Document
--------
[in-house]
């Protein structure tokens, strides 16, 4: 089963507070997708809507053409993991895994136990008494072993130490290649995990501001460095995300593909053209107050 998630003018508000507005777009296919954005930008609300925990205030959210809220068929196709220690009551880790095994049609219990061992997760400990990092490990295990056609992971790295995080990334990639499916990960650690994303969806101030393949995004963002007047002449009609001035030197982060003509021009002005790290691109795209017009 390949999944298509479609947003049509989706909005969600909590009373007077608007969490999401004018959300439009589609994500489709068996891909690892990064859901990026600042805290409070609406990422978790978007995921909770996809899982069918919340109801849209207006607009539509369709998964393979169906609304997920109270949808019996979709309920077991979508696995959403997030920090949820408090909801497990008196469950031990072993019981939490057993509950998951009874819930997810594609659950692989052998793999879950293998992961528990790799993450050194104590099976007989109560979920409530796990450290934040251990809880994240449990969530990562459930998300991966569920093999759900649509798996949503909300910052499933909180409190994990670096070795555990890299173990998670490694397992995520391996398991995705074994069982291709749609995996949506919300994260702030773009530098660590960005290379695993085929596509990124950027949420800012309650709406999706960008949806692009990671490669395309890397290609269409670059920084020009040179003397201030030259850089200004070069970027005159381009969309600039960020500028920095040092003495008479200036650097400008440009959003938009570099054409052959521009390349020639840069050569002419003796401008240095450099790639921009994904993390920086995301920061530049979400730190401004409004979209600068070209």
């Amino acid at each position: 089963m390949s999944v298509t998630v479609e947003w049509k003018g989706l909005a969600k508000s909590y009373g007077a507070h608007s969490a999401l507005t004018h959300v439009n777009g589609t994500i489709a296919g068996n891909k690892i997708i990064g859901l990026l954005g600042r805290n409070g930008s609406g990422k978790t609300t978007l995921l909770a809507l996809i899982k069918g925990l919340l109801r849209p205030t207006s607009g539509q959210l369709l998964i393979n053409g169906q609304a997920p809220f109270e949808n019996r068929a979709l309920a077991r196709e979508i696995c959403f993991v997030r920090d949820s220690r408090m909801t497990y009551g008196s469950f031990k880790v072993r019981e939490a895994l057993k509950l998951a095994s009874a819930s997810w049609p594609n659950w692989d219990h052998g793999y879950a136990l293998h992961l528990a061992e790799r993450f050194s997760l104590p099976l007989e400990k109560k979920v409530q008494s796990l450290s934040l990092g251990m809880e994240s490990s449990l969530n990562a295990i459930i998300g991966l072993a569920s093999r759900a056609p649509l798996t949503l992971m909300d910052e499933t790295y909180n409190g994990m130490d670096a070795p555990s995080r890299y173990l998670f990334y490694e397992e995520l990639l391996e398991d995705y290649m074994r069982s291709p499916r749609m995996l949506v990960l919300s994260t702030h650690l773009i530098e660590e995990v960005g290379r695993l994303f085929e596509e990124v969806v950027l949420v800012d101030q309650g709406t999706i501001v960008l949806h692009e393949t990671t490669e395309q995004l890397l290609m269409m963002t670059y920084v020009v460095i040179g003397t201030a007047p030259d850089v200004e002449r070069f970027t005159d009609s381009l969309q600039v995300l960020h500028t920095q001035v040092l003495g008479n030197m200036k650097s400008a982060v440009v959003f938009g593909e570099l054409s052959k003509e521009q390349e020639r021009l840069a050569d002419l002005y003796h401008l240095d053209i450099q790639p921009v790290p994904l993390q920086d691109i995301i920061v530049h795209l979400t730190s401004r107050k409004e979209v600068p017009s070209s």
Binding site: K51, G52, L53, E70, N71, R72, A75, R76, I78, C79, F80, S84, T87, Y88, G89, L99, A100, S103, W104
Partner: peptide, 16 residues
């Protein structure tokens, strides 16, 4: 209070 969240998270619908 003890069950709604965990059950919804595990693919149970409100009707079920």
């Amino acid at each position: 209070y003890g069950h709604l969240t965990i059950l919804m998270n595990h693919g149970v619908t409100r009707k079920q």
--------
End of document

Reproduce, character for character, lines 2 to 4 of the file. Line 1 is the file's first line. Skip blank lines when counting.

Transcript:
């Protein structure tokens, strides 16, 4: 089963507070997708809507053409993991895994136990008494072993130490290649995990501001460095995300593909053209107050 998630003018508000507005777009296919954005930008609300925990205030959210809220068929196709220690009551880790095994049609219990061992997760400990990092490990295990056609992971790295995080990334990639499916990960650690994303969806101030393949995004963002007047002449009609001035030197982060003509021009002005790290691109795209017009 390949999944298509479609947003049509989706909005969600909590009373007077608007969490999401004018959300439009589609994500489709068996891909690892990064859901990026600042805290409070609406990422978790978007995921909770996809899982069918919340109801849209207006607009539509369709998964393979169906609304997920109270949808019996979709309920077991979508696995959403997030920090949820408090909801497990008196469950031990072993019981939490057993509950998951009874819930997810594609659950692989052998793999879950293998992961528990790799993450050194104590099976007989109560979920409530796990450290934040251990809880994240449990969530990562459930998300991966569920093999759900649509798996949503909300910052499933909180409190994990670096070795555990890299173990998670490694397992995520391996398991995705074994069982291709749609995996949506919300994260702030773009530098660590960005290379695993085929596509990124950027949420800012309650709406999706960008949806692009990671490669395309890397290609269409670059920084020009040179003397201030030259850089200004070069970027005159381009969309600039960020500028920095040092003495008479200036650097400008440009959003938009570099054409052959521009390349020639840069050569002419003796401008240095450099790639921009994904993390920086995301920061530049979400730190401004409004979209600068070209």
């Amino acid at each position: 089963m390949s999944v298509t998630v479609e947003w049509k003018g989706l909005a969600k508000s909590y009373g007077a507070h608007s969490a999401l507005t004018h959300v439009n777009g589609t994500i489709a296919g068996n891909k690892i997708i990064g859901l990026l954005g600042r805290n409070g930008s609406g990422k978790t609300t978007l995921l909770a809507l996809i899982k069918g925990l919340l109801r849209p205030t207006s607009g539509q959210l369709l998964i393979n053409g169906q609304a997920p809220f109270e949808n019996r068929a979709l309920a077991r196709e979508i696995c959403f993991v997030r920090d949820s220690r408090m909801t497990y009551g008196s469950f031990k880790v072993r019981e939490a895994l057993k509950l998951a095994s009874a819930s997810w049609p594609n659950w692989d219990h052998g793999y879950a136990l293998h992961l528990a061992e790799r993450f050194s997760l104590p099976l007989e400990k109560k979920v409530q008494s796990l450290s934040l990092g251990m809880e994240s490990s449990l969530n990562a295990i459930i998300g991966l072993a569920s093999r759900a056609p649509l798996t949503l992971m909300d910052e499933t790295y909180n409190g994990m130490d670096a070795p555990s995080r890299y173990l998670f990334y490694e397992e995520l990639l391996e398991d995705y290649m074994r069982s291709p499916r749609m995996l949506v990960l919300s994260t702030h650690l773009i530098e660590e995990v960005g290379r695993l994303f085929e596509e990124v969806v950027l949420v800012d101030q309650g709406t999706i501001v960008l949806h692009e393949t990671t490669e395309q995004l890397l290609m269409m963002t670059y920084v020009v460095i040179g003397t201030a007047p030259d850089v200004e002449r070069f970027t005159d009609s381009l969309q600039v995300l960020h500028t920095q001035v040092l003495g008479n030197m200036k650097s400008a982060v440009v959003f938009g593909e570099l054409s052959k003509e521009q390349e020639r021009l840069a050569d002419l002005y003796h401008l240095d053209i450099q790639p921009v790290p994904l993390q920086d691109i995301i920061v530049h795209l979400t730190s401004r107050k409004e979209v600068p017009s070209s």
Binding site: K51, G52, L53, E70, N71, R72, A75, R76, I78, C79, F80, S84, T87, Y88, G89, L99, A100, S103, W104